Emergency #24 – Flashcard

A 43-year-old man with inflammation and lower abdominal pain:

What do you see?

Click here to see the answer

* Inflammatory wall thickening of the sigmoid colon.
* Multiple diverticula, but one enlarged with thickened enhancing wall (arrow).
* Surrounding haziness of the mesosigmoid fat.
* Peritoneal accentuation

Typical image of diverticulitis, in a typical location with typical presentation

Teaching point

Look for signs of perforation or abscess formation

Dr. Pepe’s Diploma Casebook 159 – SOLVED

Dear Friends,

Today I am presenting another “Art of interpretation” case. As I have mentioned before, interpreting a chest radiograph may be a difficult task and analyzing the diagnostic steps helps to a correct evaluation of the findings.

Radiographs belong to a 57-year-old woman with cough and pain in the chest.

1. Pulmonary mass
2. Mediastinal mass
3. Pleural mass
4. Any of the above

What do you see? Come back on Friday to see the answer!

Click here to see the images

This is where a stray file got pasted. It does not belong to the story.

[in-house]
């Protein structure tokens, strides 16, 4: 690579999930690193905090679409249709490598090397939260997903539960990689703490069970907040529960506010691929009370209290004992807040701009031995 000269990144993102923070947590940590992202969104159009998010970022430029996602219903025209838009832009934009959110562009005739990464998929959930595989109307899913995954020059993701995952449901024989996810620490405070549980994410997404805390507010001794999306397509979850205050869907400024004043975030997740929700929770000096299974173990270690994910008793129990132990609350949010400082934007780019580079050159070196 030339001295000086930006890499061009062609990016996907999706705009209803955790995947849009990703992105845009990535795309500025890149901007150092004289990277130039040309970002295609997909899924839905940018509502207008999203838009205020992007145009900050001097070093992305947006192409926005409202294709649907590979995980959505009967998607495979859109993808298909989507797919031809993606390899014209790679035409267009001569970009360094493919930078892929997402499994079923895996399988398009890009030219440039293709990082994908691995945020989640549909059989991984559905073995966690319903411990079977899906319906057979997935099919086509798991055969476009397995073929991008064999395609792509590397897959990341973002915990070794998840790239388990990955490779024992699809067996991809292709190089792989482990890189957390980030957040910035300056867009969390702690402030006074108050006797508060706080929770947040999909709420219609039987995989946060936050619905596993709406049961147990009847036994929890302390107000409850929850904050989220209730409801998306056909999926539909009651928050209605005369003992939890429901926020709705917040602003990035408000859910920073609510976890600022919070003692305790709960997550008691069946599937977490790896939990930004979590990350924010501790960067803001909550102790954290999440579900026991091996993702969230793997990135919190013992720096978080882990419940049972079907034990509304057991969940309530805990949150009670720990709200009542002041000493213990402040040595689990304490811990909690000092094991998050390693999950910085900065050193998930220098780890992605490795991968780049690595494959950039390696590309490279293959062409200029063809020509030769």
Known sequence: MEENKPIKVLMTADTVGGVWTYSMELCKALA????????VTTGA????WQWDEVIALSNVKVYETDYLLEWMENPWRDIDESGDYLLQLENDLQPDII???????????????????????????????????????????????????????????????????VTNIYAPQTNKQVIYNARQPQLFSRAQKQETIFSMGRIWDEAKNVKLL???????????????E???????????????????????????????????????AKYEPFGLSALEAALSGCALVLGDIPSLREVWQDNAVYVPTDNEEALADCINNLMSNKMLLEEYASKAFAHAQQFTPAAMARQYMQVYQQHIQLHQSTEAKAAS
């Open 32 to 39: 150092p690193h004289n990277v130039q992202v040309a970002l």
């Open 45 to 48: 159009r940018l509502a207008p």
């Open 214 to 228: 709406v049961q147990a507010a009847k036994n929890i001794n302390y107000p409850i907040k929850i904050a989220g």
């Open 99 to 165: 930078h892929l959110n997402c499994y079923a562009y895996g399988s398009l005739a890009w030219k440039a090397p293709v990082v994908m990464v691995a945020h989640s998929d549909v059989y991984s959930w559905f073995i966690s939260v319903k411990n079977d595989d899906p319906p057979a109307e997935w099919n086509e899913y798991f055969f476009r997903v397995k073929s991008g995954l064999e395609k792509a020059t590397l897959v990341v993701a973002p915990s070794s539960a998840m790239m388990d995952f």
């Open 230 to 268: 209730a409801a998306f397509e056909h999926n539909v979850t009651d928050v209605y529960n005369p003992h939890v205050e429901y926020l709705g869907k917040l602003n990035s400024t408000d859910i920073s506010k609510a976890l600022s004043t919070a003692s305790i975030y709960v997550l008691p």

Click here to see the answer

PA radiograph shows an ill-defined right perihilar and upper lung opacity( A, asterisk). The right hemidiaphragm is elevated. There is an obvious elevation of the right hilum. (A, red arrow).

Lateral view shows a well-defined retro-sternal triangular opacity (B, white arrows) with a rounded convex appearance at the level of the hilum (B, red arrow).

Analysis of relevant findings:

PA chest

1. Elevation of right hilum
2. Hazy opacity in right upper lung
3. Elevated right hemidiaphragm

Lateral chest

1. Well-defined retro-sternal triangular opacity with a bulge in the middle

The clue to the diagnosis lies in discovering the elevation of the right hilum in the PA view. Neither a mediastinal nor a pleural mass should displace the hilum upwards. Therefore, the correct answer is: 1. Pulmonary mass.

The elevated right hilum suggests loss of volume of RUL, supported by the haziness of upper lung and elevation of the hemidiaphragm.

The lateral view provides significant information: the retro-sternal triangular opacity is highly suspicious of RUL collapse, limited superiorly by the displaced major fissure and inferiorly by the minor fissure. The central bulge suggests a mass as the cause of the collapse.